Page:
When the electronica band Starf--ker needed a portable video display, it turned to Hans Lindauer and Alex Norman, two members of a Portland, Oregon–based hacking community called DorkbotPDX. The duo designed an 80-pound, 8-by-13-foot LED wall that displays the band’s trippy-looking videos from an iPod. Lindauer built translucent scaffolding out of plastic greenhouse panels and tucked strings of red-green-blue LEDs inside; Norman wrote software to translate incoming video signals for the collapsible wall. Built in three months for $8,000, the wall performed flawlessly during a pretour stage performance at Musicfest NW in Portland, where Lindauer and Norman set it up in 20 minutes and tore it down in three.
In 1937, PopSci published instructions to build a lightweight stage-lighting kit. The plans included a $10 ($161 today) switchboard-in-a-suitcase, a tin-can spotlight, compact footlights, and a dimmer made from running electricity through a bucket of saltwater. Some kit builders lived to share their glowing reviews: “The switchboard has been used very successfully by Wesley Players, an amateur dramatics society conducted by students at the universities of Wisconsin and Purdue.”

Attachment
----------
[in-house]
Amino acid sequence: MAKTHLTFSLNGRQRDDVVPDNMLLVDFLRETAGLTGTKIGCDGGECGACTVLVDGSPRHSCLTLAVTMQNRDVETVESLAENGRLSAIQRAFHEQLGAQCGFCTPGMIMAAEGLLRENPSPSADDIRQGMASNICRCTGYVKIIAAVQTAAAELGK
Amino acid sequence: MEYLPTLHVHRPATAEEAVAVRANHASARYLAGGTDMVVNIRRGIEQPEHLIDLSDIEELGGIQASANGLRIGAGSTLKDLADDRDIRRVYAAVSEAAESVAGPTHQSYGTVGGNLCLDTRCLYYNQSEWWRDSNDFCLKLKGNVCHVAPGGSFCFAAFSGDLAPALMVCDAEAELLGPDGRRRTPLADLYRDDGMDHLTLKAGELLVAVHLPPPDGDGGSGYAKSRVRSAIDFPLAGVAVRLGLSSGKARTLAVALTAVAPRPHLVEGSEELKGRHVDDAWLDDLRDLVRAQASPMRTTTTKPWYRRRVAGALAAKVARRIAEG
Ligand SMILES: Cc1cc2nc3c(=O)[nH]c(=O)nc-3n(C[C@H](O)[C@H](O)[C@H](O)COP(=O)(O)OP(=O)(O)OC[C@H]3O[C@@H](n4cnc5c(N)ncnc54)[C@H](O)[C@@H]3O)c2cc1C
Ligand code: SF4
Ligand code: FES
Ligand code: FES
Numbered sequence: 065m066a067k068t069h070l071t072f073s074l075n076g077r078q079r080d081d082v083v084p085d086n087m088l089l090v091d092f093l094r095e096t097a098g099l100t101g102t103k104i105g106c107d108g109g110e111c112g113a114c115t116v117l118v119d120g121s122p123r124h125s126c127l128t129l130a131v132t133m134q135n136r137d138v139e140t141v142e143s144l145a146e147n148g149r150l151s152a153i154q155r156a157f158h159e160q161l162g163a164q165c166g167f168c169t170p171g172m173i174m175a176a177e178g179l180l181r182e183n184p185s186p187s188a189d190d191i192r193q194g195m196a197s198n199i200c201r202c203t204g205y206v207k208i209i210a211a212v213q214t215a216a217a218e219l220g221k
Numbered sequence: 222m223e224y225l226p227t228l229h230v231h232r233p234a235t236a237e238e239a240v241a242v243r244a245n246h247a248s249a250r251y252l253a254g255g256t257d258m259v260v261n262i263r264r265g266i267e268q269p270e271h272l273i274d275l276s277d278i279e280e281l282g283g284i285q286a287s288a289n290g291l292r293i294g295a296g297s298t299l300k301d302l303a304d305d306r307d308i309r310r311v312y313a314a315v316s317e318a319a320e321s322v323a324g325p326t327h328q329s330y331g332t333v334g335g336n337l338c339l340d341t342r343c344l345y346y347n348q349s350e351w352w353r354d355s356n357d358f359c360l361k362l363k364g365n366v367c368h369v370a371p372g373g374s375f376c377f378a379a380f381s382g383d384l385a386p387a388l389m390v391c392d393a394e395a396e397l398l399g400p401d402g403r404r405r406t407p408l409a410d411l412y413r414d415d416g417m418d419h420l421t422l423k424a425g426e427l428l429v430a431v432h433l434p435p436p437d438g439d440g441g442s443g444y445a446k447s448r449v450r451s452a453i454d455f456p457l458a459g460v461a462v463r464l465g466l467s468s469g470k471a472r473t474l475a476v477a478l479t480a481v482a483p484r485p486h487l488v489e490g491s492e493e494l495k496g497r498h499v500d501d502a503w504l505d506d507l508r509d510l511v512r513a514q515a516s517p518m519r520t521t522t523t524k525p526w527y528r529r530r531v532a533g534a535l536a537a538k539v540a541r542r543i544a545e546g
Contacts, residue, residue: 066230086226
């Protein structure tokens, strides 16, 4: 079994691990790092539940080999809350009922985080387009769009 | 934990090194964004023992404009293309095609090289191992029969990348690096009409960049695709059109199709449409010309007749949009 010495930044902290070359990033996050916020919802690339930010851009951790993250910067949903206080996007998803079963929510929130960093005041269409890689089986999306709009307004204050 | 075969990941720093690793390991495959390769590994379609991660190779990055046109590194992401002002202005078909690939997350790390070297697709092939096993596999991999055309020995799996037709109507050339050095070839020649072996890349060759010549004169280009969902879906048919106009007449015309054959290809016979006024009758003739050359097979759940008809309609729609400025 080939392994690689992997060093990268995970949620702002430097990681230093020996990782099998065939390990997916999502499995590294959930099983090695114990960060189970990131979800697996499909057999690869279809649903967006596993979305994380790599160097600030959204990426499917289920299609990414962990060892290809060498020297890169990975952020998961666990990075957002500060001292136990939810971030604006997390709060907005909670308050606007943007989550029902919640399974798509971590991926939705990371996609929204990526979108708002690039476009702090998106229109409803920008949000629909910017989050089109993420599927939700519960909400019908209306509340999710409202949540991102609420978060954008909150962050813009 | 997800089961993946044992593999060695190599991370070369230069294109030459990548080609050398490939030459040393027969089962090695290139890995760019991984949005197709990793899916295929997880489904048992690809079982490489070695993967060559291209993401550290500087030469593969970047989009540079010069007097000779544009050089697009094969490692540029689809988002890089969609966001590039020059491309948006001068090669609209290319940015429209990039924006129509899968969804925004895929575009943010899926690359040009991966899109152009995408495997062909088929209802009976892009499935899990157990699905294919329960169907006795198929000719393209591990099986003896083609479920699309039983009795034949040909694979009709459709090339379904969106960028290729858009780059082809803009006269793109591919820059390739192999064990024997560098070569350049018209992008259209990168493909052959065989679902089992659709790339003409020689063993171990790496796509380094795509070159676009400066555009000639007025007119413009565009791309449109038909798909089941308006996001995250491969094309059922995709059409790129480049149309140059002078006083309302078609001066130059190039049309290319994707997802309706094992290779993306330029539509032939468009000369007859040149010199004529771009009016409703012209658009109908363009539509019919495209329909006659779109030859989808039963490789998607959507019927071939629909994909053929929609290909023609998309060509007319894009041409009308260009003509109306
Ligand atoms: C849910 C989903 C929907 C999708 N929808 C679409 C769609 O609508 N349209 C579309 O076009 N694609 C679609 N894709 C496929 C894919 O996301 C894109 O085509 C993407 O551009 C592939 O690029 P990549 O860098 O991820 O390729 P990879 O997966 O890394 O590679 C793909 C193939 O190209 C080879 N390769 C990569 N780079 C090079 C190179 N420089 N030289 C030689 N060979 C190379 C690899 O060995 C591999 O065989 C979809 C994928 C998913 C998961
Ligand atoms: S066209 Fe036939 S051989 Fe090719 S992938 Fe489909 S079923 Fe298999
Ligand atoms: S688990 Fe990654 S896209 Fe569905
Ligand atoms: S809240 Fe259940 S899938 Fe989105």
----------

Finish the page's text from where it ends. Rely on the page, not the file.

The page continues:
Five amazing, clean technologies that will set us free, in this month's energy-focused issue. Also: how to build a better bomb detector, the robotic toys that are raising your children, a human catapult, the world's smallest arcade, and much more.